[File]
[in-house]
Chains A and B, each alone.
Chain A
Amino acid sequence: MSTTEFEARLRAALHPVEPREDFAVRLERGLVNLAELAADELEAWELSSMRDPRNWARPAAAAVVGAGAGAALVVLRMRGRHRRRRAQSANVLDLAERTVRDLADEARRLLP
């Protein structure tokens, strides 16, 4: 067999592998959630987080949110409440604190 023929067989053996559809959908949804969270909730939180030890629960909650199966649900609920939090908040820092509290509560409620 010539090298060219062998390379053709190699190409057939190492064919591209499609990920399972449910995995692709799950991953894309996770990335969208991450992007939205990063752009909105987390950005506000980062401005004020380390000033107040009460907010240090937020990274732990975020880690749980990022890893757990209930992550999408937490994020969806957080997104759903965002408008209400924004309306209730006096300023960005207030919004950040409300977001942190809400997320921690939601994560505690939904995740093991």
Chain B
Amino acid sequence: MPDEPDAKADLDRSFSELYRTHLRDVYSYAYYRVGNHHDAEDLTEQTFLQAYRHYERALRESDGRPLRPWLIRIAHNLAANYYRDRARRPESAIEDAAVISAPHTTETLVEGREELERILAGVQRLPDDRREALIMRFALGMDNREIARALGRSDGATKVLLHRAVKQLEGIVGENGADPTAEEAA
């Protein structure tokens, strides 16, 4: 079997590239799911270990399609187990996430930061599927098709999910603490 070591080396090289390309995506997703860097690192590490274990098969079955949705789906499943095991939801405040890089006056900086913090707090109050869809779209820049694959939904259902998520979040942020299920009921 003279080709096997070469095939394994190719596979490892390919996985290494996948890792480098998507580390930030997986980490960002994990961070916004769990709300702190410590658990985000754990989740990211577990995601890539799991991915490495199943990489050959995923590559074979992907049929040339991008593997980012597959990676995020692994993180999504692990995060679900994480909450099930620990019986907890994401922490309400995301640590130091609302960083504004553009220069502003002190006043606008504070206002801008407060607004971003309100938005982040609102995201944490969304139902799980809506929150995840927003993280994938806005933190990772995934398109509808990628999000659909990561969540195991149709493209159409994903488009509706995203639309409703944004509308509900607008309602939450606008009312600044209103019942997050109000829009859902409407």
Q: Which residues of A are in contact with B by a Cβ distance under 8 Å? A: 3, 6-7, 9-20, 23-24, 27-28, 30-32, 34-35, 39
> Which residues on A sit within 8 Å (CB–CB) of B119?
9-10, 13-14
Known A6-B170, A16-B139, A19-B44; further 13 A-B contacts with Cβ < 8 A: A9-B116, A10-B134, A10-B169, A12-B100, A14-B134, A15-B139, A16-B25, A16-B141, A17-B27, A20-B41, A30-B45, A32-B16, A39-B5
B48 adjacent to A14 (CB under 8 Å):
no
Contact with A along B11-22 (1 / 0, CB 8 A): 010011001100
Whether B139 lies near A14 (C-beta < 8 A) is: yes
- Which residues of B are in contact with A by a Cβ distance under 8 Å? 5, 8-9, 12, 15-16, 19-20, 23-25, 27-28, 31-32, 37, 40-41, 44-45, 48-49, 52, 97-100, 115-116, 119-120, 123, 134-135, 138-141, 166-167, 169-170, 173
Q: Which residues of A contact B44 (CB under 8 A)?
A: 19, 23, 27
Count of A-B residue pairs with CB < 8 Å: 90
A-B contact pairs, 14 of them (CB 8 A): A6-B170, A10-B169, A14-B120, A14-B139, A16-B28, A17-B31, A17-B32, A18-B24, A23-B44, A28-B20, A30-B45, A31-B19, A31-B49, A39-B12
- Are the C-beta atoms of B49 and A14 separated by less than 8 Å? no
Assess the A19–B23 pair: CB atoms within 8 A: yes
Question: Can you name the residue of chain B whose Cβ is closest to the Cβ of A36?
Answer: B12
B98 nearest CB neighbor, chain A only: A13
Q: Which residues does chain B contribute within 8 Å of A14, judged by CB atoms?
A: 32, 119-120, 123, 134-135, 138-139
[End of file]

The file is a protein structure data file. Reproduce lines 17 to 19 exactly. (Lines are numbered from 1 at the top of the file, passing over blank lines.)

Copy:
- Which residues of B are in contact with A by a Cβ distance under 8 Å? 5, 8-9, 12, 15-16, 19-20, 23-25, 27-28, 31-32, 37, 40-41, 44-45, 48-49, 52, 97-100, 115-116, 119-120, 123, 134-135, 138-141, 166-167, 169-170, 173
Q: Which residues of A contact B44 (CB under 8 A)?
A: 19, 23, 27